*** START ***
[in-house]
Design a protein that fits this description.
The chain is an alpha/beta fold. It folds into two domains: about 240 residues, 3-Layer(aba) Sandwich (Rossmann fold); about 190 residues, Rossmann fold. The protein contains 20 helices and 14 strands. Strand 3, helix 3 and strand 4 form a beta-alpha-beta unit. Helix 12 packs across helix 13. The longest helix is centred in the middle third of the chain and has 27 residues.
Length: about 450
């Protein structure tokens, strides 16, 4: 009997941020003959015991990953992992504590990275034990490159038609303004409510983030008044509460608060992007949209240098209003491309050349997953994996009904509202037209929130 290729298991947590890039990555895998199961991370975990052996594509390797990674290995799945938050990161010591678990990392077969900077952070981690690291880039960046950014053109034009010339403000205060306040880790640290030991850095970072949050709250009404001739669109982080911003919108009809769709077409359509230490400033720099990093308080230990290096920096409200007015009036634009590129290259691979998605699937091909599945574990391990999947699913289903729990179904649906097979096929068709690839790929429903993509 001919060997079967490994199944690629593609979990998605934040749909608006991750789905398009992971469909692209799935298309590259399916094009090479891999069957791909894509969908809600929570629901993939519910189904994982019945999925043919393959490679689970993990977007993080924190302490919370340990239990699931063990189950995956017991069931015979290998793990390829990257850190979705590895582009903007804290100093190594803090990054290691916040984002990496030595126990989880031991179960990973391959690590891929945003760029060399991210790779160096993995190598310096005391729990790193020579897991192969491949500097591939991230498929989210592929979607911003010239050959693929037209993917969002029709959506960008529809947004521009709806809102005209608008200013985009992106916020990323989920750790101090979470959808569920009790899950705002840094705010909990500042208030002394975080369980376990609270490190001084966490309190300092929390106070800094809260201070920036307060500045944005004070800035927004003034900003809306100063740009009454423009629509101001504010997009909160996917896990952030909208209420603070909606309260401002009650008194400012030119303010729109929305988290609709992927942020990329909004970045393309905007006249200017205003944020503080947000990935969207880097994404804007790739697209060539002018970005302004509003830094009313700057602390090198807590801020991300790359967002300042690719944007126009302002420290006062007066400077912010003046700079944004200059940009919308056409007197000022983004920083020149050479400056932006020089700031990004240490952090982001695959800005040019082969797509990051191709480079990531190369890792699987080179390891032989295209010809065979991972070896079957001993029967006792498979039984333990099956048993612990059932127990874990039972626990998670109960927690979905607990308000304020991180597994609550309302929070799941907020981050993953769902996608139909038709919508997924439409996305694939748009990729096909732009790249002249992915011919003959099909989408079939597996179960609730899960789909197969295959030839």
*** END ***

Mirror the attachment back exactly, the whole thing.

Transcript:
[in-house]
Design a protein that fits this description.
The chain is an alpha/beta fold. It folds into two domains: about 240 residues, 3-Layer(aba) Sandwich (Rossmann fold); about 190 residues, Rossmann fold. The protein contains 20 helices and 14 strands. Strand 3, helix 3 and strand 4 form a beta-alpha-beta unit. Helix 12 packs across helix 13. The longest helix is centred in the middle third of the chain and has 27 residues.
Length: about 450
């Protein structure tokens, strides 16, 4: 009997941020003959015991990953992992504590990275034990490159038609303004409510983030008044509460608060992007949209240098209003491309050349997953994996009904509202037209929130 290729298991947590890039990555895998199961991370975990052996594509390797990674290995799945938050990161010591678990990392077969900077952070981690690291880039960046950014053109034009010339403000205060306040880790640290030991850095970072949050709250009404001739669109982080911003919108009809769709077409359509230490400033720099990093308080230990290096920096409200007015009036634009590129290259691979998605699937091909599945574990391990999947699913289903729990179904649906097979096929068709690839790929429903993509 001919060997079967490994199944690629593609979990998605934040749909608006991750789905398009992971469909692209799935298309590259399916094009090479891999069957791909894509969908809600929570629901993939519910189904994982019945999925043919393959490679689970993990977007993080924190302490919370340990239990699931063990189950995956017991069931015979290998793990390829990257850190979705590895582009903007804290100093190594803090990054290691916040984002990496030595126990989880031991179960990973391959690590891929945003760029060399991210790779160096993995190598310096005391729990790193020579897991192969491949500097591939991230498929989210592929979607911003010239050959693929037209993917969002029709959506960008529809947004521009709806809102005209608008200013985009992106916020990323989920750790101090979470959808569920009790899950705002840094705010909990500042208030002394975080369980376990609270490190001084966490309190300092929390106070800094809260201070920036307060500045944005004070800035927004003034900003809306100063740009009454423009629509101001504010997009909160996917896990952030909208209420603070909606309260401002009650008194400012030119303010729109929305988290609709992927942020990329909004970045393309905007006249200017205003944020503080947000990935969207880097994404804007790739697209060539002018970005302004509003830094009313700057602390090198807590801020991300790359967002300042690719944007126009302002420290006062007066400077912010003046700079944004200059940009919308056409007197000022983004920083020149050479400056932006020089700031990004240490952090982001695959800005040019082969797509990051191709480079990531190369890792699987080179390891032989295209010809065979991972070896079957001993029967006792498979039984333990099956048993612990059932127990874990039972626990998670109960927690979905607990308000304020991180597994609550309302929070799941907020981050993953769902996608139909038709919508997924439409996305694939748009990729096909732009790249002249992915011919003959099909989408079939597996179960609730899960789909197969295959030839």